Class-action sexual harassment lawsuits are extremely unusual. It’s hard to get any kind of class-action lawsuit certified in the current employer-friendly business climate — particularly in the wake of the Supreme Court’s decision that female Wal-Mart employees suing for sex discrimination didn’t qualify as a class — and sexual harassment lawsuits in particular require showing both widespread behavior and widespread harm. But the situation at Coleman was so systemically egregious that an administrative judge ruled in April that the Coleman case could go forward as a class. Even more surprisingly, the Department of Justice, which operates the federal Bureau of Prisons, agreed to accept the class certification without appealing it.
“These officers are risking their lives when they come to work every day. They deserve to be treated with dignity,” said Cyrus Mehri, whose firm is representing the Coleman women. “When the officials hear the complaints, they toss them in the garbage can and don’t do anything about it. Yes, inmates are going to be behaving badly. The question is, what safety protocols and follow-up are going to be in place?”
Mehri pointed out that the broader picture of discrimination claims by employees is bleak. One study found that when employers won at trial in such cases, the appeals court judges reversed them only 8.72 percent of the time, whereas decisions in favor of employees were reversed 41.1 percent of the time, thanks to a conservative, business-friendly bent in the circuit courts. And those are the ones that even make it to trial: Although complaints to the Equal Employment Opportunity Commission actually went up in the period studied, 1999 to 2007, the number of cases filed is dramatically down, and many such cases are successfully dismissed early in the process.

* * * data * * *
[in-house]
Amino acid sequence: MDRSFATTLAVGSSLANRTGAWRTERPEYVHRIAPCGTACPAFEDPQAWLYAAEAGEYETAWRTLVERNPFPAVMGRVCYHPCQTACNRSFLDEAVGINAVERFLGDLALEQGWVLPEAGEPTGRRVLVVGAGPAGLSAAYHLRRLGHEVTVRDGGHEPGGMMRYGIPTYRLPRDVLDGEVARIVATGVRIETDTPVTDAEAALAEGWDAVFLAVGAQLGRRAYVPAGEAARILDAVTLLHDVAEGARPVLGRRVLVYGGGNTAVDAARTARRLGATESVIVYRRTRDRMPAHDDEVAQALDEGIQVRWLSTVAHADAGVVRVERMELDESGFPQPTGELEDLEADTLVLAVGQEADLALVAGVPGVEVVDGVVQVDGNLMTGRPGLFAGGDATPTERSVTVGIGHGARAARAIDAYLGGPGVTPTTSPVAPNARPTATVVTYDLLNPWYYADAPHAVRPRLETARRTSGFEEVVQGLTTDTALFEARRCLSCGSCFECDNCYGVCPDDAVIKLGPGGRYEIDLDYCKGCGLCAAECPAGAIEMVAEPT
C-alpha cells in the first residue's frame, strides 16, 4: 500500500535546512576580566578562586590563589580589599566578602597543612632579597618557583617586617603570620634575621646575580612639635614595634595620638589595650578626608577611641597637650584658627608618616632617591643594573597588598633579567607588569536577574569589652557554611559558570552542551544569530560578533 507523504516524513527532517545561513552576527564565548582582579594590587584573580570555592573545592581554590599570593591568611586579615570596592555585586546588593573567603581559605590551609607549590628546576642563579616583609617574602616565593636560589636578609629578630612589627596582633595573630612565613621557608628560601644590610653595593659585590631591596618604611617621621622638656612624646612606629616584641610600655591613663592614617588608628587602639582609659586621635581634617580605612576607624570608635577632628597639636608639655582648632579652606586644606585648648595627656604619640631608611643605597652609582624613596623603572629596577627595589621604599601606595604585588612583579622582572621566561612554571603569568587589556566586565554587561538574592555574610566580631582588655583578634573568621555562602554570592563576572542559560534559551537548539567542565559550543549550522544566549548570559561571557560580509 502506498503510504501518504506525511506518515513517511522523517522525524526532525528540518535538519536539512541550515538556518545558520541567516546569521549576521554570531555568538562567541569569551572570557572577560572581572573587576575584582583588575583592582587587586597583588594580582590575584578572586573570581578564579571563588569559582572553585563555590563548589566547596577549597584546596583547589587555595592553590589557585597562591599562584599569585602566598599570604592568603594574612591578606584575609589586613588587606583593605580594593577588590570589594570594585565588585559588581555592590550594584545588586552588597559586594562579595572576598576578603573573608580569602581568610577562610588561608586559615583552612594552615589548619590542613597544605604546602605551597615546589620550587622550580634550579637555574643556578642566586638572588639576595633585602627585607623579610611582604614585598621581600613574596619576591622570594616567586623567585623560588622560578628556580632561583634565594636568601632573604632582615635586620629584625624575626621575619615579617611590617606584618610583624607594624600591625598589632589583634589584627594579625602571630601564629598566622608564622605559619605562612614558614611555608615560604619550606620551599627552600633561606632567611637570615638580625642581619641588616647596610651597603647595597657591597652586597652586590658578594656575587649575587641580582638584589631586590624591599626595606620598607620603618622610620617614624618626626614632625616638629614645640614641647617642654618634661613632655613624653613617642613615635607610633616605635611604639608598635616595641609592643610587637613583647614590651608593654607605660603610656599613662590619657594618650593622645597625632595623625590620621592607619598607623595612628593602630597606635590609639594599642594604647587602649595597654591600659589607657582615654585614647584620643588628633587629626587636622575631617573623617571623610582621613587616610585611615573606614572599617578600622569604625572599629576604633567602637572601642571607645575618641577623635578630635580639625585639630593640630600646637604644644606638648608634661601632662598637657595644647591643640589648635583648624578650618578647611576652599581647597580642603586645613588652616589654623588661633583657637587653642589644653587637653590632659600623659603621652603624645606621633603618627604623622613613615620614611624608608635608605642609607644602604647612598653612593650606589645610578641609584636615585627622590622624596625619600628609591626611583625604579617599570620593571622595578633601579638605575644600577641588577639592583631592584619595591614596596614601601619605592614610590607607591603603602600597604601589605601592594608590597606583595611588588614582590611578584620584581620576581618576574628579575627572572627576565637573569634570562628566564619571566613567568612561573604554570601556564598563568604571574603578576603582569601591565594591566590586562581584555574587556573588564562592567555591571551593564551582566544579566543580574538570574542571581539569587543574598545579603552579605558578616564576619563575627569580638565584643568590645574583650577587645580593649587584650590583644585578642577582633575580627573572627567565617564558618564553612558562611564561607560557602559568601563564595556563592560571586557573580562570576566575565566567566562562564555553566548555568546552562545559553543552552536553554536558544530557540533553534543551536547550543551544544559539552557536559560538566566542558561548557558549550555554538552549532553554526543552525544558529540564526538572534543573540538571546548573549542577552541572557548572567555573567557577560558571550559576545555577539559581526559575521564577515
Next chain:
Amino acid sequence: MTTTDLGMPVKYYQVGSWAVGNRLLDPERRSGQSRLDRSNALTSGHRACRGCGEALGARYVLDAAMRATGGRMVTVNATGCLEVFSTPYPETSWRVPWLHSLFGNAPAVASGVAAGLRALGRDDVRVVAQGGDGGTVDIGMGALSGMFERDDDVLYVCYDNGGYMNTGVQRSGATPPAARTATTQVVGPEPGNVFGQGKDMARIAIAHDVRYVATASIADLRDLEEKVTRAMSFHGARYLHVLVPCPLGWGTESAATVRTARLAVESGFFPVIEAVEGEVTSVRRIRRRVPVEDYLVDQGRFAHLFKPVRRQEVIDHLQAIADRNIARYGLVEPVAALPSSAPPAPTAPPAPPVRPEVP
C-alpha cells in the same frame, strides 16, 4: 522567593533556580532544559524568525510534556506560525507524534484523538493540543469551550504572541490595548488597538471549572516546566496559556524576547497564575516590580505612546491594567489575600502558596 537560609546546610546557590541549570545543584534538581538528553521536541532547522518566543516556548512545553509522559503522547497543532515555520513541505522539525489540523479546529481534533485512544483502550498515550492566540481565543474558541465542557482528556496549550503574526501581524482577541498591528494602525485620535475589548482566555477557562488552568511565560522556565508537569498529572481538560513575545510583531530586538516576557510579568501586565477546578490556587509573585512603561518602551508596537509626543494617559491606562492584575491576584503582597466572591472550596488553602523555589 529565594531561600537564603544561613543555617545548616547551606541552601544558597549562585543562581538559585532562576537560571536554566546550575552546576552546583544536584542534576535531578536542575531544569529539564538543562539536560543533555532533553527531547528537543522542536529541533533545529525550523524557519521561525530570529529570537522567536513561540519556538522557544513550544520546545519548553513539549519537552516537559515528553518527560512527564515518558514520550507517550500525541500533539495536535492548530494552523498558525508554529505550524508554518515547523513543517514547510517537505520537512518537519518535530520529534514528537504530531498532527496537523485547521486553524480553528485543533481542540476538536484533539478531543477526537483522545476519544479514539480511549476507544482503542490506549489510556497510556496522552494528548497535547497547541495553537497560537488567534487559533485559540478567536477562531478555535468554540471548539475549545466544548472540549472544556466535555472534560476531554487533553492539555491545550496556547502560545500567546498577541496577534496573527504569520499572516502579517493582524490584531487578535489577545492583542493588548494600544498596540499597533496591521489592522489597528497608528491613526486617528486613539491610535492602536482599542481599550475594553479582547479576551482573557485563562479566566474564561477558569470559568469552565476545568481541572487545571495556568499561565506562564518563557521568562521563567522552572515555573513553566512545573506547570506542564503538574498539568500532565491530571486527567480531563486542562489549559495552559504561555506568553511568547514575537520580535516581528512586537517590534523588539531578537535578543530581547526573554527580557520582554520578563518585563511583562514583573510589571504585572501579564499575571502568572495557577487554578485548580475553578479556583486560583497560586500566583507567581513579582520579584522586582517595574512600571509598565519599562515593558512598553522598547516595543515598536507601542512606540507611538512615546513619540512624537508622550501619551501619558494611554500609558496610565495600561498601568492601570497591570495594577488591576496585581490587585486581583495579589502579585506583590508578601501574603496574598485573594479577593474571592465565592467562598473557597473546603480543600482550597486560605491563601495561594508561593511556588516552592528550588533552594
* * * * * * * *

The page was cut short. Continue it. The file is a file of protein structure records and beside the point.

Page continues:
“The doors are closing on people’s ability to vindicate their civil rights,” Mehri told Salon. “To some extent you had a judicial repeal of Title VII” — the portion of the Civil Rights Act protecting employees from discrimination — “that hasn’t caught the public’s attention.” The Coleman case has so far proven an exception.
The Bureau of Prisons alleged that the women did not meet the requirements of a class, but an administrative judge disagreed. The Department of Justice’s complaint adjudication officer wrote, “This is an extremely close call,” but concluded, “The record did provide adequate evidence of common questions of law and fact among class members.” He added, “It is management’s awareness of the harassment, coupled with management practice or policy after receiving them which might violate Title VII by permitting the inmate conduct to continue without penalty, or to fail to address or consider means to protect female guards from this sex-based harassment.”
For now, White is still working at Coleman. Filing the lawsuit, she said, hasn’t changed much about her life yet. “Everything still goes on. The banging on the windows, that’s daily. That has not changed.”
Irin Carmon is a staff writer for Salon. Follow her on Twitter at @irincarmon or email her at firstname.lastname@example.org.More Irin Carmon.